What The Hell Happened To Google Wallet's Cash-Free Future?

Almost a year ago, Google held a press conference to announce Google Wallet, an ambitious, multi-faceted plan for a cash-free future in which mobile phones would replace hard currency.

A few months later, it arrived, but only on a single US-only phone. Since then, we haven't heard much about Google Wallet. And it isn't like a total takeover was expected, not after today's prediction that it will take eight years for smartphone wallets to replace cash and credit carts. But still, what the hell happened?

The Vision

There are two main aspects to Google Wallet: payments and deals. Utilising a near field communication (NFC) chip, Google Wallet promises to let you press your phone up against any compatible terminal to make a purchase. You'd upload your bank info to a Google Wallet app, or transfer funds from a designated Google account. No cards, no cash. Simply gadgetry.

For transactions eligible for a coupon or discount, Google Wallet would apply the promotion at the point of sale and adjust the final tally. Even if you were in the vicinity of a nearby discount, say, at a favourite establishment, Google would alert you to let you know. It would be a shameless, automated deal broker.

The Reality

When Google announced the Wallet last May, Mastercard was the only card company on board. With all the fanfare surrounding the announcement, it seemed like the product would launch with the major credit cards' support -- Visa, American Express, and maybe even PayPal. As of now, Google has established partnerships with Visa and American Express, but those companies do not yet exist on the actual product.

On the hardware side, the product launched in September 2011 with the Samsung Nexus S as the only device equipped with the Secure Element NFC chip required to operate Google Wallet's mobile payments. The Galaxy Nexus has since come aboard. Ten more compatible phones are promised this year, but they have not yet appeared. So, for several months, Google Wallet has only been an option for a few lucky American Android owners on Sprint, and only very recently, AT&T.

It also seemed safe to assume Google had ironed out the Wallet system with the wireless carriers who sell the devices. But that was not the case. Verizon put up a quiet, but effective resistance to having Google Wallet on its NFC-enabled phones, citing security concerns. (Does Verizon, maybe, have another mobile payment technology in development?) As of now, no Verizon user -- even one with a Galaxy Nexus -- can take advantage of Google Wallet without resorting to backwater hacks.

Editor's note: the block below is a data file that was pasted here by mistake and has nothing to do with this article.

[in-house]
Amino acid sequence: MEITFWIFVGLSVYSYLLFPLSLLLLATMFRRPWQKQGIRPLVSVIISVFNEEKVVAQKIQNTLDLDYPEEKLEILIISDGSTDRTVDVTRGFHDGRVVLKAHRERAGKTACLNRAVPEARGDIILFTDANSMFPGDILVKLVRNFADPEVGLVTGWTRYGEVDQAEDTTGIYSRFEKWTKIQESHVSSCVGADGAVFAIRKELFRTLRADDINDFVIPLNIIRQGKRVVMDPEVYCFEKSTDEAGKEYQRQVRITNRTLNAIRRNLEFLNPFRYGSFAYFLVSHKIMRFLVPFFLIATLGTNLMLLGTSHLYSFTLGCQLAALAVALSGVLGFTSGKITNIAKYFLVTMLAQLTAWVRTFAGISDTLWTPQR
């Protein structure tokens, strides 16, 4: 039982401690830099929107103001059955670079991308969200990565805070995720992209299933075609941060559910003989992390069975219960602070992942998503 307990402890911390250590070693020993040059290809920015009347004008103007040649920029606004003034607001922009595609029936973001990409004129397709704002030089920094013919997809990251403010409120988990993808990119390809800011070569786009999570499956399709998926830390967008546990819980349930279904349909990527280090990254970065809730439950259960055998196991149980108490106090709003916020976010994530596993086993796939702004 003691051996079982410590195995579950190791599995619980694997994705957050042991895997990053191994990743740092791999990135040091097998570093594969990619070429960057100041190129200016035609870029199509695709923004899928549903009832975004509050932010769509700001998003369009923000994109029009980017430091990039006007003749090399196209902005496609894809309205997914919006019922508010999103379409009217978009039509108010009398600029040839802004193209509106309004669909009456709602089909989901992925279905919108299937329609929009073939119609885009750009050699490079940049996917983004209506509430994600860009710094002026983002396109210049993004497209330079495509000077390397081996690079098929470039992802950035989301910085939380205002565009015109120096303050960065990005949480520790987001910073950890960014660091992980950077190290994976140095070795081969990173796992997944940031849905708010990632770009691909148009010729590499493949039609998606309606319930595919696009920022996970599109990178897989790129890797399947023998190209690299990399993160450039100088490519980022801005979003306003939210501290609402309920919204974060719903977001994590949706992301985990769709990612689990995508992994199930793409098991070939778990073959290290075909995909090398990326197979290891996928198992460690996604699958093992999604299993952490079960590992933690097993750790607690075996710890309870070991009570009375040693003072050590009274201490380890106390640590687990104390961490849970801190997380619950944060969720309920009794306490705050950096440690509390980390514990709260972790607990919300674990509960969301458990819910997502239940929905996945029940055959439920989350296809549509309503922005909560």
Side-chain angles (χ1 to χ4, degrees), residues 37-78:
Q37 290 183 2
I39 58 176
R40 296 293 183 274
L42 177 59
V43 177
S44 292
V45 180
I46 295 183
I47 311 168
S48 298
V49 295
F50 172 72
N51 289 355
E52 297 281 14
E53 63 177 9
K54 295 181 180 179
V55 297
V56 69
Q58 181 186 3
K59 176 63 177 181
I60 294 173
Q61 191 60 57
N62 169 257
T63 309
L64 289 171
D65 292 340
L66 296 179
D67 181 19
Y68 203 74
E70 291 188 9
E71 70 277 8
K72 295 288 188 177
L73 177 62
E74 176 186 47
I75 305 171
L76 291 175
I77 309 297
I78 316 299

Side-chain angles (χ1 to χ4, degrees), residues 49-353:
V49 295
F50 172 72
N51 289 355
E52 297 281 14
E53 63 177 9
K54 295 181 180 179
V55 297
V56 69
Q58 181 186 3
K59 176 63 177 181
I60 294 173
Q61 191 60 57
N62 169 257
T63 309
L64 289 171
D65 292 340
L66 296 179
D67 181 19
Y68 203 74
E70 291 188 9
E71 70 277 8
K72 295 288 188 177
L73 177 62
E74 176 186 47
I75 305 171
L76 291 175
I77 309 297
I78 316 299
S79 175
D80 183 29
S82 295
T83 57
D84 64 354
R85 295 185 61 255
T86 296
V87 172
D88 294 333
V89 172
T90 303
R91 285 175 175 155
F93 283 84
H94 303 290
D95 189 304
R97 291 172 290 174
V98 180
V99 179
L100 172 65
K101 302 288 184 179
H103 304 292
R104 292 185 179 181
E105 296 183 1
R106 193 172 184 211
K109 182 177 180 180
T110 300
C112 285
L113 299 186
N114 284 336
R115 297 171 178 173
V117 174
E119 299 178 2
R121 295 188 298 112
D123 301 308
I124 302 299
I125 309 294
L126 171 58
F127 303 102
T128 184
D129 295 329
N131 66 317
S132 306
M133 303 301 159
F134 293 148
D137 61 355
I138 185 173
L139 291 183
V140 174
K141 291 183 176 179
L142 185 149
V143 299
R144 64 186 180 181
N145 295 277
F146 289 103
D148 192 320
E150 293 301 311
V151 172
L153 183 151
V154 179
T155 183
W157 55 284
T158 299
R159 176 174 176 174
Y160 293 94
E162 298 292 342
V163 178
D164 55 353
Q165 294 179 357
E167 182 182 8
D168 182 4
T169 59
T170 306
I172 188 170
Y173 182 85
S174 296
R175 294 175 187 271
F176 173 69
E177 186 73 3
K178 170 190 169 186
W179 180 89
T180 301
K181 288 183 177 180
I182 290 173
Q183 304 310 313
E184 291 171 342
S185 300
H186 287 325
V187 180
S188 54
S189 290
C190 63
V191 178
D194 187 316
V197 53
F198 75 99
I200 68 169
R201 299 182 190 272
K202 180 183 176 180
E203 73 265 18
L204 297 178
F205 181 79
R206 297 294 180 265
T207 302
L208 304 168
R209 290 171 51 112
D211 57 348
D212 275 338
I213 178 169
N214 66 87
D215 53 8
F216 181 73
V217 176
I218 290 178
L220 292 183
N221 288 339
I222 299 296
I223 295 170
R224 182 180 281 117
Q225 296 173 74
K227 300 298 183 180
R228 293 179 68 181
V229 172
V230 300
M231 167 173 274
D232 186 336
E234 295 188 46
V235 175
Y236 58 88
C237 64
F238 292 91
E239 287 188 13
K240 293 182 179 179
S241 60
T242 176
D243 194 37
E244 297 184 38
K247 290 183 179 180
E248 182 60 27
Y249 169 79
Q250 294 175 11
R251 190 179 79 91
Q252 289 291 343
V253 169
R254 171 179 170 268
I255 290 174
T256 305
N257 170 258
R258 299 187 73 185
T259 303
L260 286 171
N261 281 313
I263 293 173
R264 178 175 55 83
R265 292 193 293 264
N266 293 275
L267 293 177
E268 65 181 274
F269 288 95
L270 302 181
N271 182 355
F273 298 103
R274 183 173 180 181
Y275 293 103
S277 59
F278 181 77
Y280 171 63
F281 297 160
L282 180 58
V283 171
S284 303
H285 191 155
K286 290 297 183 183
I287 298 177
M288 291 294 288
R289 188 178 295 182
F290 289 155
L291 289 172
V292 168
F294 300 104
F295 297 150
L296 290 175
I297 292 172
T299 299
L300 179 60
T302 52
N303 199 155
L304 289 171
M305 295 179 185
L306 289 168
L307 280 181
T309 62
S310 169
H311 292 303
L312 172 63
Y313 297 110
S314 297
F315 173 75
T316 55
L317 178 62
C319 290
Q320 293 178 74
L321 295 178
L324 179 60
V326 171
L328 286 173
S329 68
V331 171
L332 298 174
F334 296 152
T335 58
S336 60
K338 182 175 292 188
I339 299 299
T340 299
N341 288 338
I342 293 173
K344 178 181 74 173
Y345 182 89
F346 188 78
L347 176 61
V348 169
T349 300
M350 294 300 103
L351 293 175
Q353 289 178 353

That said, it's not all Google's fault. Here are a few other complications:

• PayPal introduced a Square-like card reader with the ability to scan cheques and exchange money from phone to phone. A step in the right direction, but hardly as convenient as it could be.

• Speaking of Square, the company has dismissed NFC-based mobile payments on more than one occasion, claiming that most people don't even know what NFC is, let alone use it. While that may be true, it's sad that one of the companies with enough name recognition to push the industry along is unwilling to take a risk on NFC.

• Of course, there's Apple, a company that could probably turn NFC wallets into an overnight success. But Apple seems content to sit back and let everyone else bumble before making its own move.

• Google Wallet's security was cracked on rooted Android phones (and non-rooted phones). Google says the security holes have been fixed. But there's a question of trust.

The Future

What does Google do next to make Wallet a success? Bringing in new people to lead the project is a start.

Ideally, Google would get the Wallet up and running on other platforms. Realistically, it's doubtful that the likes of Apple and Microsoft would integrate a compatible NFC chip into devices for the sake of Google. But if either Apple or Microsoft does decide to add a Secure Element NFC chip, Google must find a way to make an app work on those platforms.

Google also needs to build out a hardware ecosystem. The contact-free payment terminals are slowly spreading through retail outlets, so Google's major need is to offer up handsets loaded with Google Wallet. Android is an open platform, and manufacturers can do whatever they want with it. Google needs to make them want the Secure Element chip, and in the process, find a way to stop letting Verizon dictate what does (or doesn't) go into its Android handsets.

Maybe then, we can really start thinking of a phone as a new type of wallet.



    I would love to have my mastercard encoded into my phone.

    But sucks to another third party inbetween.

    I've successfully used Google Wallet to make a payment at a local convenience store, north of Brisbane. It's really quite cool. The challenge now, is adding funds to my Google Wallet account. I used up the $10 of "welcome credit", but I can't top it up because of fuddy duddy geographic blocking on Google's part.